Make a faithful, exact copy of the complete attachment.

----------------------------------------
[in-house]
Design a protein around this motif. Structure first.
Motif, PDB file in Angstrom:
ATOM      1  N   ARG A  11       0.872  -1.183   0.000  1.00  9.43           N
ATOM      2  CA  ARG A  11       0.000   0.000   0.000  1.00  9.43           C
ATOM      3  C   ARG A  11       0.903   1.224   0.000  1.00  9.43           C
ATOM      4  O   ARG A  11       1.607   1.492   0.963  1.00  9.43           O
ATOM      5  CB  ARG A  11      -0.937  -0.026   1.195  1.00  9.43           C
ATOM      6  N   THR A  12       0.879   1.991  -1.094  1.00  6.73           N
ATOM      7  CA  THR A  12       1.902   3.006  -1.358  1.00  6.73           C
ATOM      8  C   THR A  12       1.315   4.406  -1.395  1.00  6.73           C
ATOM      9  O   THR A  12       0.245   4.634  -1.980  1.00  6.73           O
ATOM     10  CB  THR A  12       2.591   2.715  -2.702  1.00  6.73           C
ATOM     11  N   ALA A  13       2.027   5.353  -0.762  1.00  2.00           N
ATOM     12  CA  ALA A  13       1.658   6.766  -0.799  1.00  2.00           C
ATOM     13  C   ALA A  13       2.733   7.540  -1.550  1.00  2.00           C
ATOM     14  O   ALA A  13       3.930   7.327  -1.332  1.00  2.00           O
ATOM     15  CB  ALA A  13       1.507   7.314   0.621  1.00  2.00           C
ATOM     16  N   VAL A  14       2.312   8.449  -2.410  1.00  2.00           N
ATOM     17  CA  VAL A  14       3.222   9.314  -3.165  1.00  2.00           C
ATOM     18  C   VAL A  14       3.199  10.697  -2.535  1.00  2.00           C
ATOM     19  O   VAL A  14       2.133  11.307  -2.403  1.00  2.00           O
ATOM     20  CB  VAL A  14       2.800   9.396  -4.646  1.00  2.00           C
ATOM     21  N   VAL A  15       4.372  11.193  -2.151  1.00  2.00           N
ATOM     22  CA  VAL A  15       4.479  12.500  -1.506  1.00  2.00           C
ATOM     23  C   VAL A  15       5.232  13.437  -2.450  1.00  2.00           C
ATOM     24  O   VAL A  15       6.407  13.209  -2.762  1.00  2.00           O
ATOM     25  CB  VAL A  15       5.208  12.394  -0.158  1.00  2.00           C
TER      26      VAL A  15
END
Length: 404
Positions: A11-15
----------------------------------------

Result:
[in-house]
Design a protein around this motif. Structure first.
Motif, PDB file in Angstrom:
ATOM      1  N   ARG A  11       0.872  -1.183   0.000  1.00  9.43           N
ATOM      2  CA  ARG A  11       0.000   0.000   0.000  1.00  9.43           C
ATOM      3  C   ARG A  11       0.903   1.224   0.000  1.00  9.43           C
ATOM      4  O   ARG A  11       1.607   1.492   0.963  1.00  9.43           O
ATOM      5  CB  ARG A  11      -0.937  -0.026   1.195  1.00  9.43           C
ATOM      6  N   THR A  12       0.879   1.991  -1.094  1.00  6.73           N
ATOM      7  CA  THR A  12       1.902   3.006  -1.358  1.00  6.73           C
ATOM      8  C   THR A  12       1.315   4.406  -1.395  1.00  6.73           C
ATOM      9  O   THR A  12       0.245   4.634  -1.980  1.00  6.73           O
ATOM     10  CB  THR A  12       2.591   2.715  -2.702  1.00  6.73           C
ATOM     11  N   ALA A  13       2.027   5.353  -0.762  1.00  2.00           N
ATOM     12  CA  ALA A  13       1.658   6.766  -0.799  1.00  2.00           C
ATOM     13  C   ALA A  13       2.733   7.540  -1.550  1.00  2.00           C
ATOM     14  O   ALA A  13       3.930   7.327  -1.332  1.00  2.00           O
ATOM     15  CB  ALA A  13       1.507   7.314   0.621  1.00  2.00           C
ATOM     16  N   VAL A  14       2.312   8.449  -2.410  1.00  2.00           N
ATOM     17  CA  VAL A  14       3.222   9.314  -3.165  1.00  2.00           C
ATOM     18  C   VAL A  14       3.199  10.697  -2.535  1.00  2.00           C
ATOM     19  O   VAL A  14       2.133  11.307  -2.403  1.00  2.00           O
ATOM     20  CB  VAL A  14       2.800   9.396  -4.646  1.00  2.00           C
ATOM     21  N   VAL A  15       4.372  11.193  -2.151  1.00  2.00           N
ATOM     22  CA  VAL A  15       4.479  12.500  -1.506  1.00  2.00           C
ATOM     23  C   VAL A  15       5.232  13.437  -2.450  1.00  2.00           C
ATOM     24  O   VAL A  15       6.407  13.209  -2.762  1.00  2.00           O
ATOM     25  CB  VAL A  15       5.208  12.394  -0.158  1.00  2.00           C
TER      26      VAL A  15
END
Length: 404
Positions: A11-15